How Much Weight Can Scissor Lifts Hold?

One of the defining features of scissor lifts is their ability to lift significant amounts of weight. But just how much weight can they take?

The answer depends largely on factors like the type of lift and the specific model. A rough terrain lift will be able to handle much more than an electric one, for example, leading to a lot of disparity between different models. In general, though, the majority of scissor lifts can handle somewhere between 1,000 and 1,500 pounds, with some models capable of lifting up to 2,500 pounds.

For comparison, most articulated and telescopic boom lifts tend to be capable of handling up to around 600 pounds. That’s a significant difference!

How High Can Scissor Lifts Reach?

One of the tradeoffs in construction lifts exists between weight and height. Because scissor lifts can carry so much weight, they typically can’t reach as high as boom lifts.

But that’s not to say that scissor lifts can’t still reach significant heights — otherwise, they wouldn’t serve any meaningful function! How high can scissor lifts reach, then?

As with weight, it varies depending on type and model. But many scissor lifts can get as high as 50 or 60 feet. For carrying so much weight, that’s an impressive height, and very useful for transporting people and materials to upper levels of construction.

How Do Scissor Lifts Operate?

It’s clear what scissor lifts do, but what’s not so clear is how they do it. What causes them to move up and down? What keeps them from being pushed down by the weight they carry? In other words, how does a scissor lift work?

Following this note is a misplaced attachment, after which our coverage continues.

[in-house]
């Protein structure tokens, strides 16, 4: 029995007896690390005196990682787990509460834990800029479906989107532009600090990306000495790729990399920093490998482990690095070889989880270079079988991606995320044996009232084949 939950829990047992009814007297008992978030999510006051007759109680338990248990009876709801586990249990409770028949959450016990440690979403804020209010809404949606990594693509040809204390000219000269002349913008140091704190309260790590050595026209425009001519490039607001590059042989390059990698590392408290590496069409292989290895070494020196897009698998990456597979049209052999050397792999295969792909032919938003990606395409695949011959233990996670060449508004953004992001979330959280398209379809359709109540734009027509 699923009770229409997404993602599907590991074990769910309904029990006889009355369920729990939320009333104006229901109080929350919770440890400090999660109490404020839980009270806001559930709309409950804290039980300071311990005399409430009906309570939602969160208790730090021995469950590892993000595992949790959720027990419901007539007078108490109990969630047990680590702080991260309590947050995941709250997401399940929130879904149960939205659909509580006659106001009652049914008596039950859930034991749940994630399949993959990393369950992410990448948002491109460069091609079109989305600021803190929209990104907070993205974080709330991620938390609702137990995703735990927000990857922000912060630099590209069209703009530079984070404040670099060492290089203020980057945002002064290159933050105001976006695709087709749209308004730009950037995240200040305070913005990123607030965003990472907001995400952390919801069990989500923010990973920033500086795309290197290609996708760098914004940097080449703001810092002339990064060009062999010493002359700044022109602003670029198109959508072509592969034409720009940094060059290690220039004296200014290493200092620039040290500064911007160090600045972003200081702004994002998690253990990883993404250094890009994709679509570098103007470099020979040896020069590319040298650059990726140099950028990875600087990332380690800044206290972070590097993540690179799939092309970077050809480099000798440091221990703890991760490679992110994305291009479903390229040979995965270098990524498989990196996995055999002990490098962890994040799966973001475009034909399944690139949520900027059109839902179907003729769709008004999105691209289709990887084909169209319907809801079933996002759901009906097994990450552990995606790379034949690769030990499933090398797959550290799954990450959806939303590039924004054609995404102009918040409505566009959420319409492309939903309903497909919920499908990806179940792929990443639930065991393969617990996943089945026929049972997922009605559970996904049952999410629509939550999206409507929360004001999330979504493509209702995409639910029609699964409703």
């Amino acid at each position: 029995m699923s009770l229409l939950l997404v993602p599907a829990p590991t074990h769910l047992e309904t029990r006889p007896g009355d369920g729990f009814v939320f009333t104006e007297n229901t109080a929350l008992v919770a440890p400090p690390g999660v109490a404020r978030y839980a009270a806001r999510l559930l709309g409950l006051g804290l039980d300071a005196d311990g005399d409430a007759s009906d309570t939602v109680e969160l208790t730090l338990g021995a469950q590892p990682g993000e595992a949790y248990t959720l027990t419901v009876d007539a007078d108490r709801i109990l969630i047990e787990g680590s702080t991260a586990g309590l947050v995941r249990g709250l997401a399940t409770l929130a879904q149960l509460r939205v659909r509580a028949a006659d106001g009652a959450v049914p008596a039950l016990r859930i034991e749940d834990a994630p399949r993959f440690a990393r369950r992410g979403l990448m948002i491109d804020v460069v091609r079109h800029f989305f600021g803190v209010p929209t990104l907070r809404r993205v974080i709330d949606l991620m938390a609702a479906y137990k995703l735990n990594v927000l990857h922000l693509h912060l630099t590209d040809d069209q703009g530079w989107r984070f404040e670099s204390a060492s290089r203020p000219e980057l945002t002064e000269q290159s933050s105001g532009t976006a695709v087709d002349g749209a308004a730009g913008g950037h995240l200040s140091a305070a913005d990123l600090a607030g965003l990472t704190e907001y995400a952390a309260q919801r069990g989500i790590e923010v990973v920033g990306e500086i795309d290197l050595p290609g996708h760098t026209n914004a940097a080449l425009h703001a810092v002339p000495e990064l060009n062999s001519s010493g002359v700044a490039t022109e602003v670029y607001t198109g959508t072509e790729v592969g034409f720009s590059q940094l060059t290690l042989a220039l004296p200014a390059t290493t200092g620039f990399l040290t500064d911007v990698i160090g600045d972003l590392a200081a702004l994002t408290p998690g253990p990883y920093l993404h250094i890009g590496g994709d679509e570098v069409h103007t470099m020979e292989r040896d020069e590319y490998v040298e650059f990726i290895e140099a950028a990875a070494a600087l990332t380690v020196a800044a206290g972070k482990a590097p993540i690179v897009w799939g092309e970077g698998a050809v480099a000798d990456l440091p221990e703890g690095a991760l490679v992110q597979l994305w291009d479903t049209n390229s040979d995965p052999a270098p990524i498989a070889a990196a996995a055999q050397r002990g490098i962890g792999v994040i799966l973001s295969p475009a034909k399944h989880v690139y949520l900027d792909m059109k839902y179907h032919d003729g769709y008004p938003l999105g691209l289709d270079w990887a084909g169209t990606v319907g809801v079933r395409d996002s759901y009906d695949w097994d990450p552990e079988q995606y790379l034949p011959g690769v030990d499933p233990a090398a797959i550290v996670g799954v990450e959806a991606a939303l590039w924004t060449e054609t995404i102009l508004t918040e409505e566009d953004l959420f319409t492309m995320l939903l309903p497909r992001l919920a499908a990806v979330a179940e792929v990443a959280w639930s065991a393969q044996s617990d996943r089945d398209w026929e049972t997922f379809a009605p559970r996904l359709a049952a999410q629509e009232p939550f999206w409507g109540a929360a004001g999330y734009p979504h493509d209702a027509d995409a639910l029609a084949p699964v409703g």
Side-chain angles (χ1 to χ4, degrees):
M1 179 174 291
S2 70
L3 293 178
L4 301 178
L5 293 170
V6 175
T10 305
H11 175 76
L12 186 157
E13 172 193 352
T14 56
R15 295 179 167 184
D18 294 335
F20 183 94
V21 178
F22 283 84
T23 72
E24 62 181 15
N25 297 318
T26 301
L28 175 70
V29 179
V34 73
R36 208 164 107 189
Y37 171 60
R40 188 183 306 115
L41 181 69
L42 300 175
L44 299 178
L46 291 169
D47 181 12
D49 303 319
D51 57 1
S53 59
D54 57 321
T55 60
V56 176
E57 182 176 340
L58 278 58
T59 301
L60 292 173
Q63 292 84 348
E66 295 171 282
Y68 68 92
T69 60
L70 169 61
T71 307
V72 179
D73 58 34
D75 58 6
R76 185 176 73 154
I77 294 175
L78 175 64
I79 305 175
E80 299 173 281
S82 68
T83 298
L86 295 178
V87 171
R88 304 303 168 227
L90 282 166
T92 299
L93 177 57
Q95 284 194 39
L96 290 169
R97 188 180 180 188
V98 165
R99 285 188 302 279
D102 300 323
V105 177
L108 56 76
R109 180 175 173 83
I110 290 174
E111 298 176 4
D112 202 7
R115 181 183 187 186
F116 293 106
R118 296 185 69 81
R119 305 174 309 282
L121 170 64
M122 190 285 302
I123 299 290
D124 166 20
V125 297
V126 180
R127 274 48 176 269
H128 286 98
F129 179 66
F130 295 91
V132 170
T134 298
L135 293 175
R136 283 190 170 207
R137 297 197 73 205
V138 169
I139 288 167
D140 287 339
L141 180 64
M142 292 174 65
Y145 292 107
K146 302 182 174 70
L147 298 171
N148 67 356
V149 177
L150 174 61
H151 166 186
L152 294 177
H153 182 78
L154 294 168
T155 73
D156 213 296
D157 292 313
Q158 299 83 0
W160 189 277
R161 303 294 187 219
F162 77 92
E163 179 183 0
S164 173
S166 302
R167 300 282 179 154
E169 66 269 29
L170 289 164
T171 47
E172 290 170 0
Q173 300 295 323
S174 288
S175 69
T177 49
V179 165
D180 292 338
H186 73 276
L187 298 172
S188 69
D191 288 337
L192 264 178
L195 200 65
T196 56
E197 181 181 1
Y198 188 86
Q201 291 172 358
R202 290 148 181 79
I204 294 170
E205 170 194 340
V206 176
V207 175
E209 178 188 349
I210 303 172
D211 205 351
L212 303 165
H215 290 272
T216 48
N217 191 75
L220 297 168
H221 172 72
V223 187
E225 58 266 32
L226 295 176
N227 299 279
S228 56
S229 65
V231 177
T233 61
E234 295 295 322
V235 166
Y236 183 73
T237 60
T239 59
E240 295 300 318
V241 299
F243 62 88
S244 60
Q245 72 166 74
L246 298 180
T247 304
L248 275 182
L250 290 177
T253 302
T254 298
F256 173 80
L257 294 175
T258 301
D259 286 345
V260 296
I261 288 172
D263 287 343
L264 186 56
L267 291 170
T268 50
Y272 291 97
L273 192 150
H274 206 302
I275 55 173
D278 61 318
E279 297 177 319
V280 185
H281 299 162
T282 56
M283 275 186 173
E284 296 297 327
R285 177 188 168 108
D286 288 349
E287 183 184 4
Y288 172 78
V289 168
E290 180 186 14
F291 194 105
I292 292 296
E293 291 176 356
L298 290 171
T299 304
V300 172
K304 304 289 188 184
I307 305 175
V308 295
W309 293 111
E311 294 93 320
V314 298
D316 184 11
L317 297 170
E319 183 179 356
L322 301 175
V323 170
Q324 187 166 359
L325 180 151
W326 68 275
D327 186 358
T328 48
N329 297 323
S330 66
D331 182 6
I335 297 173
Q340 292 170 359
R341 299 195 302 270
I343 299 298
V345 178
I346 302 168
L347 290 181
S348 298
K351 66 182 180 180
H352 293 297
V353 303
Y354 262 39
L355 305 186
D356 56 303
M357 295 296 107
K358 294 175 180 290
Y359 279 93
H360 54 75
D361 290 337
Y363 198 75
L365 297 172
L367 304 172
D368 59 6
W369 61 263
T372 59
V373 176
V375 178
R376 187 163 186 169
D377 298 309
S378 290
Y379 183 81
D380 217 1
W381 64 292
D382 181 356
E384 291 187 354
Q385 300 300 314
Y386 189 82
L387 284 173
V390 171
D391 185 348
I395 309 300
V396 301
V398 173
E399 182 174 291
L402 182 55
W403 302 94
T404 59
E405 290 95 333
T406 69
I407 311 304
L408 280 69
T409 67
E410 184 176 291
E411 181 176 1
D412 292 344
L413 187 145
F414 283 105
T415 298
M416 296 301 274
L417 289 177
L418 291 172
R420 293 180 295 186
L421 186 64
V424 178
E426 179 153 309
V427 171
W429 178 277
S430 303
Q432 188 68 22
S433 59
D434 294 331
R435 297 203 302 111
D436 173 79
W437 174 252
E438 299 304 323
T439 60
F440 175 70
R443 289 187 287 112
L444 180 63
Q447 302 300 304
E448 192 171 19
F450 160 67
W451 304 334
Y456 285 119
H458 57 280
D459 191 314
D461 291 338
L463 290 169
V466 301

In truth, it’s not usually hard to learn how to operate a scissor lift. The process starts with the operator running all the necessary initial checks. Then they operate the controls to make the lift go up.

When they push the button, they release liquid or air into the lift cylinder, which is the tube that runs next to the scissoring metal bars. As the liquid or air is forced up the cylinder, it pushes out the bar inserted above it, which is attached to the lift platform.

The result is that as liquid or air moves further up the cylinder, the lift is pushed upward, with the scissoring bars providing support for it. Its position is sustained by high pressure inside the lift cylinder, as well as by a check valve that keeps it from continuing upward once it’s where the operator wants it.

When the operator brings the lift down again, the whole process happens in reverse — the pressure is slowly decreased, sending the liquid or air back down the cylinder and allowing the platform to lower. A down valve regulates how quickly the pressure is released so the platform doesn’t come crashing down at top speed.

The exact nature of the process, such as the substance pushed up the cylinder and the speed at which the movement occurs, varies between different scissor lift types.

Find the Right Scissor Lift for Rent

If you’re looking for a scissor lift to rent for your construction site, Ohio Cat Rental Store has your back. We’re committed to providing the highest quality equipment in the industry, and we offer an array of options that you can choose from to find the lift that best suits your needs.

To see the options available to you, take a look at our scissor lift selection. Then, to start the rental process, just get in touch with us today. We can’t wait to help you find the best lift for your business!